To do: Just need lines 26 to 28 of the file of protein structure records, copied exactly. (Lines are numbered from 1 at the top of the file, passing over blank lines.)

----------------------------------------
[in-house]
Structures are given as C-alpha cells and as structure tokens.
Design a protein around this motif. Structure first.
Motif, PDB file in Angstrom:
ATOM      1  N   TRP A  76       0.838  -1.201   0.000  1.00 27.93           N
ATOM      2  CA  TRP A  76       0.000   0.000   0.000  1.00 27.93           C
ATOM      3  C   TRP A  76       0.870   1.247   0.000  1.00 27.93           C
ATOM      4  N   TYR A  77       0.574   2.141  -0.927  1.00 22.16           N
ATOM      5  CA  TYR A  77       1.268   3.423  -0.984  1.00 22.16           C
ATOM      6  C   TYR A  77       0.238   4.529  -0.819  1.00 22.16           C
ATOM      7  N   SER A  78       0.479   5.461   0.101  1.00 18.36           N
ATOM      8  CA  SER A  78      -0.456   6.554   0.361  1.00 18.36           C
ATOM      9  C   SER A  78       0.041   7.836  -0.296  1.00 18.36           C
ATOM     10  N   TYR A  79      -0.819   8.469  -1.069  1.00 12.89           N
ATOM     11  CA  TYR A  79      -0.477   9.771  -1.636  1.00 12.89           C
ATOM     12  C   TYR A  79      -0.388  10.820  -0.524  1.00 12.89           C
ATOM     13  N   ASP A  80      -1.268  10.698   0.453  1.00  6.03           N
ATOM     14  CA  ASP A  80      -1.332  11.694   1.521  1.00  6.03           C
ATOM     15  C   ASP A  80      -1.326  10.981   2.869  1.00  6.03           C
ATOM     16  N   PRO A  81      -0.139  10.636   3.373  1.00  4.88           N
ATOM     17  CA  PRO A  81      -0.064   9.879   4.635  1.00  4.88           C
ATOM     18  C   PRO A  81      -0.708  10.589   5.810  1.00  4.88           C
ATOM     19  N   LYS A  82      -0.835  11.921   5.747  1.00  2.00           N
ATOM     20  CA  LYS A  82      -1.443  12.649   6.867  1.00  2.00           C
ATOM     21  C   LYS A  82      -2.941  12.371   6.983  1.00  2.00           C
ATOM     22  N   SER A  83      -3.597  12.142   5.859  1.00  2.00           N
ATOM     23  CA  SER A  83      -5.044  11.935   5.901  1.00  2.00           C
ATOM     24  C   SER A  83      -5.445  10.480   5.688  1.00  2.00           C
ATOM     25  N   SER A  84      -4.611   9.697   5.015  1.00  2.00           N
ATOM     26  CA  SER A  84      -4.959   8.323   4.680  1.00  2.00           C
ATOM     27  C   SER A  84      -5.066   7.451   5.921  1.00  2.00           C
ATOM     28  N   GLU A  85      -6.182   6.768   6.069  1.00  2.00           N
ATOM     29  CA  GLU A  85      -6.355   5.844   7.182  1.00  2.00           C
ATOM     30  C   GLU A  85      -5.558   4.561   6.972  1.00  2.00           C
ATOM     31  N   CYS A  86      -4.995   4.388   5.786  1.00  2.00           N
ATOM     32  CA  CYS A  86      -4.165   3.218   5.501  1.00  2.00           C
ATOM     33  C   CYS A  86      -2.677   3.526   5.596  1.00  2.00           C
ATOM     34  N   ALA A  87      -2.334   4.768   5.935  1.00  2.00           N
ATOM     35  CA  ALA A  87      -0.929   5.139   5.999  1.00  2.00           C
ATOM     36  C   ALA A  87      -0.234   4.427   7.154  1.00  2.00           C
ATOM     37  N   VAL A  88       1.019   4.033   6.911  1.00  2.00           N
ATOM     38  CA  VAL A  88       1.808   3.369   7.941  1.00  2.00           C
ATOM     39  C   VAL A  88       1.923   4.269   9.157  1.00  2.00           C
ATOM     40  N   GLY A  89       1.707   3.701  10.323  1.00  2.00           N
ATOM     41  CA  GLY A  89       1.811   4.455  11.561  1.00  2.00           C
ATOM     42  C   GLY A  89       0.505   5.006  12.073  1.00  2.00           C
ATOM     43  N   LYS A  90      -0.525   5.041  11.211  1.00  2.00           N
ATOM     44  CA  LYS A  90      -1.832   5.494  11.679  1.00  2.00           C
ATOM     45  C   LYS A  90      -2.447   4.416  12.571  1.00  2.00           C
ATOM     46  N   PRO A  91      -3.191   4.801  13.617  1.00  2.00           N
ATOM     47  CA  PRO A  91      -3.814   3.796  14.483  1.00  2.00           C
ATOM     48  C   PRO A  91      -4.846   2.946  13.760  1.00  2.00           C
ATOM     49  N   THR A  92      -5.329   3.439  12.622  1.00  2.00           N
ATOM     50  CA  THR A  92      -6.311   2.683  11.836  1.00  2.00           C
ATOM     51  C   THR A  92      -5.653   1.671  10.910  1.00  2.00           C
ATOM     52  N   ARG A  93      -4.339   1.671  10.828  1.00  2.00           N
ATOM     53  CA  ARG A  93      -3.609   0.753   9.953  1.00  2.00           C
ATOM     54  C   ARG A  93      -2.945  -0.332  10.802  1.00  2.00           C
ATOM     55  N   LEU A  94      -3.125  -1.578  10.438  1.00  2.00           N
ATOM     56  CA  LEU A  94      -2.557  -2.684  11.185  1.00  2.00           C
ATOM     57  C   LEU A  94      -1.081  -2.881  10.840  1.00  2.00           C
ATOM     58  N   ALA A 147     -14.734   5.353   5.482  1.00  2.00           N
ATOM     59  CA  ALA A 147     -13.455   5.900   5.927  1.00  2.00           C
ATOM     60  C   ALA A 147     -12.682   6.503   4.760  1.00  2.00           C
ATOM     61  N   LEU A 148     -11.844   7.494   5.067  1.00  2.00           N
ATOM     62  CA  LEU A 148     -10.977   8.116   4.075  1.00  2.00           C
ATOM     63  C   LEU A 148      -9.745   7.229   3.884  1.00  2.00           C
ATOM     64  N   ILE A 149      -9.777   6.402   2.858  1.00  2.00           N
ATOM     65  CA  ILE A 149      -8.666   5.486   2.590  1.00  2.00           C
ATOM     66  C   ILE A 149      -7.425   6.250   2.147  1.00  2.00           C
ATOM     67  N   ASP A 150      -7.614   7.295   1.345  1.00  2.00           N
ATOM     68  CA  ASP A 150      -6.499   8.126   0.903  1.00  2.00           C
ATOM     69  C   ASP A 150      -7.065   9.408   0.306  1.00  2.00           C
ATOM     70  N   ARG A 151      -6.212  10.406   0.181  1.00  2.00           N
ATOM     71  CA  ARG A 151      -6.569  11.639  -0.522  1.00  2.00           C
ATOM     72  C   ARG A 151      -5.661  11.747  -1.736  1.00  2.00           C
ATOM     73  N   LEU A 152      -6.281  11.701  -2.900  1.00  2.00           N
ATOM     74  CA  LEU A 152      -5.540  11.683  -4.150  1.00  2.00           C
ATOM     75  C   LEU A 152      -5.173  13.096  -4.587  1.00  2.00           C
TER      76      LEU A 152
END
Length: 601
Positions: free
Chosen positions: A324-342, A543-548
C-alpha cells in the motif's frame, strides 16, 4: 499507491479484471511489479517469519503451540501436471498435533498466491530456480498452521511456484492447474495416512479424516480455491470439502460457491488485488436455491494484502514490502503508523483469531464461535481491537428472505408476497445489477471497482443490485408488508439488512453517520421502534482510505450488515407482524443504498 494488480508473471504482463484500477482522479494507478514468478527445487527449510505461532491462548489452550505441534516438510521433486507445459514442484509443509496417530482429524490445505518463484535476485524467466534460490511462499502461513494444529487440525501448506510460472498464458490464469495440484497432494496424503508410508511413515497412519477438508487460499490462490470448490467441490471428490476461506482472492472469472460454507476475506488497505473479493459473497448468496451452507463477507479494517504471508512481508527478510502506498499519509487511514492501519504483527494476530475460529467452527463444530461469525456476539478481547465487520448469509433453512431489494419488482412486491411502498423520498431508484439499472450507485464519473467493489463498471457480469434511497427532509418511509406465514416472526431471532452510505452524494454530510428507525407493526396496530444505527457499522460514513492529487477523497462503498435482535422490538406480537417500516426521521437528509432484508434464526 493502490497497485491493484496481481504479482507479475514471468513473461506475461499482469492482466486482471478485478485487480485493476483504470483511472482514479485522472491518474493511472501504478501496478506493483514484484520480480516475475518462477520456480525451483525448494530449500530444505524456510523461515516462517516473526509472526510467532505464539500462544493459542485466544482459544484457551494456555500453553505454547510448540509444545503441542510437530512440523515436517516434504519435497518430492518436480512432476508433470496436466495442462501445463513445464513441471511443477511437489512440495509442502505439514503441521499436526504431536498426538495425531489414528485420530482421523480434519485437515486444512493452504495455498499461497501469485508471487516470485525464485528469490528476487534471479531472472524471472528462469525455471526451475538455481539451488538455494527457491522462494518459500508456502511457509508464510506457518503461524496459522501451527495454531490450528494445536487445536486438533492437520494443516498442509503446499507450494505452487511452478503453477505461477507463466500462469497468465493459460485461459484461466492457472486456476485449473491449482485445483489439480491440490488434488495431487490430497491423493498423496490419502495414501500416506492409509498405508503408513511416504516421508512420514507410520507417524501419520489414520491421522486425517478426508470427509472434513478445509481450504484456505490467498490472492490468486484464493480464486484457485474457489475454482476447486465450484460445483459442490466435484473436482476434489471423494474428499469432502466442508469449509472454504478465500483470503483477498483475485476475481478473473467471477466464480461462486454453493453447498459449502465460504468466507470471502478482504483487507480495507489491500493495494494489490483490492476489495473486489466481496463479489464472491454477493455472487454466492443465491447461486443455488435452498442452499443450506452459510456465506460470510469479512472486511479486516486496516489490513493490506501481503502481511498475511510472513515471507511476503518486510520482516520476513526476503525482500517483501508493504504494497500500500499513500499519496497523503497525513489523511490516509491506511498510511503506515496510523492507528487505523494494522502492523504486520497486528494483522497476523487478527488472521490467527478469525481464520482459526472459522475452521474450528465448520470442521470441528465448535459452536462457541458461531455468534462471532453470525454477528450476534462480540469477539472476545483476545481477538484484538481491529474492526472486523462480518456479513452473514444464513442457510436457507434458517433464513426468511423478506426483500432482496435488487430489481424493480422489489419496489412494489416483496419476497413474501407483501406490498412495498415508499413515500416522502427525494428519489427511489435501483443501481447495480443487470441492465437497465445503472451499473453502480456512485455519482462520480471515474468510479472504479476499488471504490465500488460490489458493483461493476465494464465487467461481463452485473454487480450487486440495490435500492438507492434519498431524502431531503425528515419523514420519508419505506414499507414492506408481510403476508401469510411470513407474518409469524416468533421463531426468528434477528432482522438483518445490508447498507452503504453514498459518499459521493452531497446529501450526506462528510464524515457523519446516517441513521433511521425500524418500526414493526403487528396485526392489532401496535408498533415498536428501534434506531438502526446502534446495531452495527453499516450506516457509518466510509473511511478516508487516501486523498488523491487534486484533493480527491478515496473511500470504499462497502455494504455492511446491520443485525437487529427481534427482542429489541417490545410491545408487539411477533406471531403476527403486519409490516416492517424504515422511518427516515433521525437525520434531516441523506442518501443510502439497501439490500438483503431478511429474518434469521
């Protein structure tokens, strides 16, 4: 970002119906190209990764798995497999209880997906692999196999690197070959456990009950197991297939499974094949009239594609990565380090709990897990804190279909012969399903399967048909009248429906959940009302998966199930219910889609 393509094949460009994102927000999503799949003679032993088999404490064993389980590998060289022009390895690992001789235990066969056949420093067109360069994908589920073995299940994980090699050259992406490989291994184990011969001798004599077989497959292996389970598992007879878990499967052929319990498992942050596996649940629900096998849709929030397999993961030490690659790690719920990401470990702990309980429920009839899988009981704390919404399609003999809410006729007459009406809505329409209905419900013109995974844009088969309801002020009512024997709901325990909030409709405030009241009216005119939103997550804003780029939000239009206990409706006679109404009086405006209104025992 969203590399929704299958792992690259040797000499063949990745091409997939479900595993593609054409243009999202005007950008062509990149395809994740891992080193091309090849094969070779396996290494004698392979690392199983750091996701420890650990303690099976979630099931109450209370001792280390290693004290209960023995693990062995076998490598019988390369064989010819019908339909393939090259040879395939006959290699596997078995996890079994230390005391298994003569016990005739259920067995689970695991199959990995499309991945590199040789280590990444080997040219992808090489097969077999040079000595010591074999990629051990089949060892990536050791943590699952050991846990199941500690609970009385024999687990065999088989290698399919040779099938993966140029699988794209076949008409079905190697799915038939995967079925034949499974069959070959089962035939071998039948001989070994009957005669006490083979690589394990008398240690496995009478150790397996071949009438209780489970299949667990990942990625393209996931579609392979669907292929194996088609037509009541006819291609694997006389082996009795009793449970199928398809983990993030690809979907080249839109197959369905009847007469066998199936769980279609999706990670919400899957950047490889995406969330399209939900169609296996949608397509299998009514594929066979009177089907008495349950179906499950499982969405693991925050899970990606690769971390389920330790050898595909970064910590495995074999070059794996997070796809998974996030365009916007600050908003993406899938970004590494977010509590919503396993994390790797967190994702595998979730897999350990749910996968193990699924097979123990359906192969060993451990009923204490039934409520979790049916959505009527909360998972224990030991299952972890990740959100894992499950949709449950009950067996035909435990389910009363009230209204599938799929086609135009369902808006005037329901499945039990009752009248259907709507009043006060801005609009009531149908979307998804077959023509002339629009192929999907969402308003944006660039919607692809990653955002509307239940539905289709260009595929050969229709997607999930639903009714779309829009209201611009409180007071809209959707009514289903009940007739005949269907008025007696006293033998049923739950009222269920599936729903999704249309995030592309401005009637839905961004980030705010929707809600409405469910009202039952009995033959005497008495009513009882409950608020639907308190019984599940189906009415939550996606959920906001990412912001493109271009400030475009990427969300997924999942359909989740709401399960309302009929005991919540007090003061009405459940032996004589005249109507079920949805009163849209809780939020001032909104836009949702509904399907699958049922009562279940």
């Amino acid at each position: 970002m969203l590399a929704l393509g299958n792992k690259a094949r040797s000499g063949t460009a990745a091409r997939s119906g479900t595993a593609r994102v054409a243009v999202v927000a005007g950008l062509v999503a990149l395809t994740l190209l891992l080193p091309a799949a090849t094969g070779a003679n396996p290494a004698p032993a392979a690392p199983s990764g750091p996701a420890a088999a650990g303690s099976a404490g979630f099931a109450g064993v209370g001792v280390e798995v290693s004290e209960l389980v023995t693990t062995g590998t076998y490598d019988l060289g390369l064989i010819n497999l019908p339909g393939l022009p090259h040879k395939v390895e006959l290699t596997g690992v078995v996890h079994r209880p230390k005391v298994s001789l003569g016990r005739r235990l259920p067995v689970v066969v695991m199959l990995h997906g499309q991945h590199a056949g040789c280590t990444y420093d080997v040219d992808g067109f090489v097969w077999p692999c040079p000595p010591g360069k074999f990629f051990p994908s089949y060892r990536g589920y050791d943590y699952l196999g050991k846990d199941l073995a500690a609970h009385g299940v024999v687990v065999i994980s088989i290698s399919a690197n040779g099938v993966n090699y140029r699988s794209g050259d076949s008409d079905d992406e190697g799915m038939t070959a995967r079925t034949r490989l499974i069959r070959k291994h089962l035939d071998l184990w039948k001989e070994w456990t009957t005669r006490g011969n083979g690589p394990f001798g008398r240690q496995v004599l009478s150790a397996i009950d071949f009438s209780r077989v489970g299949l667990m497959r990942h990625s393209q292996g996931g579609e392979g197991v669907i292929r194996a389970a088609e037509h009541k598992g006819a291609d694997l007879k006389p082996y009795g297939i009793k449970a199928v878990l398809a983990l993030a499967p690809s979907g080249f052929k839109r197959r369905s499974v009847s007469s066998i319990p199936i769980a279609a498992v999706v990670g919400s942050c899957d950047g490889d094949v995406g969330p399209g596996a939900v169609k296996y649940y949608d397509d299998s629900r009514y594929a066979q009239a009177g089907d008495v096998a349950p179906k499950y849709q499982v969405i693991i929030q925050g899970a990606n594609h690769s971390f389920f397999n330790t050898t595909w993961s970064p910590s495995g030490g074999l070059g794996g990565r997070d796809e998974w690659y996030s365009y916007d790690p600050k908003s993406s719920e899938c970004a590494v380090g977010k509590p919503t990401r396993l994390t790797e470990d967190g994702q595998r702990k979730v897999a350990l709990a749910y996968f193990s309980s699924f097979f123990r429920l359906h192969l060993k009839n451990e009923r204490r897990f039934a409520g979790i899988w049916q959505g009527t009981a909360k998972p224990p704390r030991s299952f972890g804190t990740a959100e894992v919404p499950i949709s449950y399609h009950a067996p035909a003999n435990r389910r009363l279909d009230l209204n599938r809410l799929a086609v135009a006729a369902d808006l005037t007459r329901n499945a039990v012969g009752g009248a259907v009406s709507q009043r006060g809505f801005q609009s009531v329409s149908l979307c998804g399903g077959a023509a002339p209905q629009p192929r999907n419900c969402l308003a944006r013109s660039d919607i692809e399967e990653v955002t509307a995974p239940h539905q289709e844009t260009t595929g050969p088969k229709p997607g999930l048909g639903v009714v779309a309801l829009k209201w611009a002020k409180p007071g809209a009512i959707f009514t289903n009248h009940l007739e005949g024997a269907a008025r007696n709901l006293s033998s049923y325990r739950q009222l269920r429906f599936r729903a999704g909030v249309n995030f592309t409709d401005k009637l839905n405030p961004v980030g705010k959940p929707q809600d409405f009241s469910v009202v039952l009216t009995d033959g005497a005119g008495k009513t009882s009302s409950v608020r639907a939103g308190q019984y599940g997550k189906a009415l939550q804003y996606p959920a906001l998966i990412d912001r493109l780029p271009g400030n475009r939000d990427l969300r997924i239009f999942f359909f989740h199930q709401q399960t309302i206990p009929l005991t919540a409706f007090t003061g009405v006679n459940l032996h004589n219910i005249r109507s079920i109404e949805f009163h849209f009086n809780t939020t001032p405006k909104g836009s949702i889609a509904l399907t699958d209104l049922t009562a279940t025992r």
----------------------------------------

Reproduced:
ATOM     22  N   SER A  83      -3.597  12.142   5.859  1.00  2.00           N
ATOM     23  CA  SER A  83      -5.044  11.935   5.901  1.00  2.00           C
ATOM     24  C   SER A  83      -5.445  10.480   5.688  1.00  2.00           C